Squamata suborder Serpentes
Tropidoclonion lineatum -- Lined Snake
All information found on this site falls under the INHS's Internet License Agreement.
Purple shade indicates vouchered specimens. Light blue (cyan)
shade indicates photographic records. Yellow shade indicates verified
sighting. Slanted hatch indicates pre-1980 records only
NOTE: Not all specimens upon which these maps are based have been verified.
Key Characteristics: White to gray midback stripe and another on each side; double row of dark half-moons extends down the midbelly; back scales keeled; anal plate not divided.
Similar Species: Common garter snake, plains garter snake.
Subspecies: Northern lined snake, T. l. lineatum.
Description: Small (up to 35 cm TL), slender olive brown to gray-brown snake. Each pale stripe is bordered by a row of minute black dots (dots more conspicuous in young). Head small, barely wider than body.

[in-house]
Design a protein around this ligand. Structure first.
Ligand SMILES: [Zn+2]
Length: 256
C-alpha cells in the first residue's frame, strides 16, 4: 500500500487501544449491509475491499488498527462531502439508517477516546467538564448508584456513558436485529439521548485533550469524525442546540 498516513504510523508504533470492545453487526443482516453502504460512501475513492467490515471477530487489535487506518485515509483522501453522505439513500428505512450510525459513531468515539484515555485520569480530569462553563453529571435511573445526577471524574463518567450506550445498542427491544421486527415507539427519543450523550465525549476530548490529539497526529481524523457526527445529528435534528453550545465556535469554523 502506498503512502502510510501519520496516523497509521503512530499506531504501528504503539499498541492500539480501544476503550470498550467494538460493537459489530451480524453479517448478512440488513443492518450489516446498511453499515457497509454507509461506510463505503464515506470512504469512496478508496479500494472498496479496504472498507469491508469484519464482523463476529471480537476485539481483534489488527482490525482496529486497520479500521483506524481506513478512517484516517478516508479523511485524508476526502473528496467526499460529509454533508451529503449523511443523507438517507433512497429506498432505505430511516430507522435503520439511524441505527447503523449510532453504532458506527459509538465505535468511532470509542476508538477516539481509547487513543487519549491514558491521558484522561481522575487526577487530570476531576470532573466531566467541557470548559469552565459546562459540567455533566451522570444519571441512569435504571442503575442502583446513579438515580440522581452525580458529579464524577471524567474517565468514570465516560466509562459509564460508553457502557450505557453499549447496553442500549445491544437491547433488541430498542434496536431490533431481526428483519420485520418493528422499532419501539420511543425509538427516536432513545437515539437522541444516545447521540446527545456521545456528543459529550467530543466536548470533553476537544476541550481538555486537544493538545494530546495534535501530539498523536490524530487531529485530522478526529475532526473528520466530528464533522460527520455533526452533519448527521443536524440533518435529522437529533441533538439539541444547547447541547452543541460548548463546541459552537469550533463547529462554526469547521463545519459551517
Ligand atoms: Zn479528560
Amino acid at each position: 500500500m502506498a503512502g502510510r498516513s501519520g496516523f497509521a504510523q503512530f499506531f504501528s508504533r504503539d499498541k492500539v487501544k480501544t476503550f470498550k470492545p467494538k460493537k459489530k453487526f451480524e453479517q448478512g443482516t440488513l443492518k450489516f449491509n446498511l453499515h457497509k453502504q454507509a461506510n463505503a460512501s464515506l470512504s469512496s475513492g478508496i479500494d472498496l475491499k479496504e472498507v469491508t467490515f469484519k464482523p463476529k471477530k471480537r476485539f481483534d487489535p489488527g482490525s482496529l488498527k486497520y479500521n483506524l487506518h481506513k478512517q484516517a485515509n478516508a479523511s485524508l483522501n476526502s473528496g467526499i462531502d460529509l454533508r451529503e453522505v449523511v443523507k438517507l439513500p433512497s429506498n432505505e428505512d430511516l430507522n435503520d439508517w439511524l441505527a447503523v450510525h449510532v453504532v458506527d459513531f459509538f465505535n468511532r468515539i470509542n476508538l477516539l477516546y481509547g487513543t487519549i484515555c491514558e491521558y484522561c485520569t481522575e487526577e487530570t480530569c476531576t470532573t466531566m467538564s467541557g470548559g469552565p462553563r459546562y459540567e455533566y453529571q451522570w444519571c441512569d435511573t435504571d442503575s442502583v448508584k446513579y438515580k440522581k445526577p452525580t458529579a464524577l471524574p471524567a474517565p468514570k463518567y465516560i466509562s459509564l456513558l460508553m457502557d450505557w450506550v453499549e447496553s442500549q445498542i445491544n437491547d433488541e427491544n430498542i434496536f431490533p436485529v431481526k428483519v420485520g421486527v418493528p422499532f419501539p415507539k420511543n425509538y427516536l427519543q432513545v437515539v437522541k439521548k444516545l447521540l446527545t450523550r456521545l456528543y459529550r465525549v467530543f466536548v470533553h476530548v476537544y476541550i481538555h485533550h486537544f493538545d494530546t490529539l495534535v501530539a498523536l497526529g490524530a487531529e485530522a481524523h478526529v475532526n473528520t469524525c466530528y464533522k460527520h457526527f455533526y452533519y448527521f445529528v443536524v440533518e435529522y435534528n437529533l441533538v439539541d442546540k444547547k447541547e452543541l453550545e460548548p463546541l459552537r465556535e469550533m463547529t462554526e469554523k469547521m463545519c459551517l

Habitat: Grasslands and urban lots in former prairie, where it is found under rocks, logs, leaves, boards, and other debris.
Natural History: Active March to November, spending less time at the surface during hot summers and more after heavy rains. Mates in late August and 5-10 young are born the following August or September. Newborn are 7-12 cm TL. This secretive and semifossorial nocturnal snake subsists almost entirely on earthworms. Predators include other snakes, birds, and mammals. Often curls its tail into a tight coil when disturbed, but otherwise passive.
Status: Rare and known from only a few scattered localities, mostly urban vacant lots, in central counties.